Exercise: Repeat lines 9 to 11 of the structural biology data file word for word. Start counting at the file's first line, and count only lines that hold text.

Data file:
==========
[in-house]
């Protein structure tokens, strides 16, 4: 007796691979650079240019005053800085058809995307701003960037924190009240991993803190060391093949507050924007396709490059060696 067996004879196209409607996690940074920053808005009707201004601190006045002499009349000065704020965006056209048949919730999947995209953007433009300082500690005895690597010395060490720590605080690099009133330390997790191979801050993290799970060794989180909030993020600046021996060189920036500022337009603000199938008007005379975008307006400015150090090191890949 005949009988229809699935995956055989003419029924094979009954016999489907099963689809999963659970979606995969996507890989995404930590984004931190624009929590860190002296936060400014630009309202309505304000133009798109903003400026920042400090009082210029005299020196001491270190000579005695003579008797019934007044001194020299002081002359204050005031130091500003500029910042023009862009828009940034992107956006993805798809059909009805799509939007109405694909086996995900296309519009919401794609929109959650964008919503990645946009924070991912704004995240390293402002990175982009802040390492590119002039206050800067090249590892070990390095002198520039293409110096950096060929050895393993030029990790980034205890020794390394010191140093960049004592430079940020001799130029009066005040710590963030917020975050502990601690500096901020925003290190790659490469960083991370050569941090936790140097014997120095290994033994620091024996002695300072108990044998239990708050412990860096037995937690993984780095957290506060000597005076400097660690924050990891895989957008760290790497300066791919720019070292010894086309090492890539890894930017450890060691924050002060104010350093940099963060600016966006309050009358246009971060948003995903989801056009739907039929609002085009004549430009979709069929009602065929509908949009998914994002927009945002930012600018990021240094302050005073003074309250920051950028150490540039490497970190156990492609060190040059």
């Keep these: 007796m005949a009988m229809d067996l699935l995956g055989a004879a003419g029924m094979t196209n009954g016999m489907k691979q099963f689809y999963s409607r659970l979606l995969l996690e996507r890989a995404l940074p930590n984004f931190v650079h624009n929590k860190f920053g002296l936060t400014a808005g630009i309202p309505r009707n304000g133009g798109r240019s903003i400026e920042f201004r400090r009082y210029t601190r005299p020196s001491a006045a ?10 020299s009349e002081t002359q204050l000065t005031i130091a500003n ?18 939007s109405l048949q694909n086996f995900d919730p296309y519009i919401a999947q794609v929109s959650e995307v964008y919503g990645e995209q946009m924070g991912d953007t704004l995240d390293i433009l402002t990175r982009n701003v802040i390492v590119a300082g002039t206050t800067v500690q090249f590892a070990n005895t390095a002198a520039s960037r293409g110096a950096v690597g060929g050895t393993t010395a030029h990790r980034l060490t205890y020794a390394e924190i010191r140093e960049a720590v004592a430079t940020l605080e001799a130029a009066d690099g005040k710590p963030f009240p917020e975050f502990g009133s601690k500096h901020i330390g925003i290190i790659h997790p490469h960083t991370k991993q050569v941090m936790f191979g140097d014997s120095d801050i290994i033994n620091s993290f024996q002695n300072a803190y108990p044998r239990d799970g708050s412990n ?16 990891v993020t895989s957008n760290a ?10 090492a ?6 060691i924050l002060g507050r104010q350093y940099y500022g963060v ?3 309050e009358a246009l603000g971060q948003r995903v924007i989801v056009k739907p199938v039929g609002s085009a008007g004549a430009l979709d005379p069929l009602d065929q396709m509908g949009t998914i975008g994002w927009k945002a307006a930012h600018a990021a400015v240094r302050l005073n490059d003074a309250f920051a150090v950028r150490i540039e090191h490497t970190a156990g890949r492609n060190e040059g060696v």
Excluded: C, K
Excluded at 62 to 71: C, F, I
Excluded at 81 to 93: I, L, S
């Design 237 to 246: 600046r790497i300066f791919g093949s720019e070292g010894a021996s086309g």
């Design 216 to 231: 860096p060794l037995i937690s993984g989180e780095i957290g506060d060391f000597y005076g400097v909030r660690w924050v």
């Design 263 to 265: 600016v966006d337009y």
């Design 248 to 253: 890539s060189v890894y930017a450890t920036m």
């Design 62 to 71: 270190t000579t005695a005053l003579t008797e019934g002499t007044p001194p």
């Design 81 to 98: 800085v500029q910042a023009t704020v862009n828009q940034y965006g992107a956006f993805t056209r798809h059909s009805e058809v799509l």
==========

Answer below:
């Design 263 to 265: 600016v966006d337009y």
């Design 248 to 253: 890539s060189v890894y930017a450890t920036m």
């Design 62 to 71: 270190t000579t005695a005053l003579t008797e019934g002499t007044p001194p």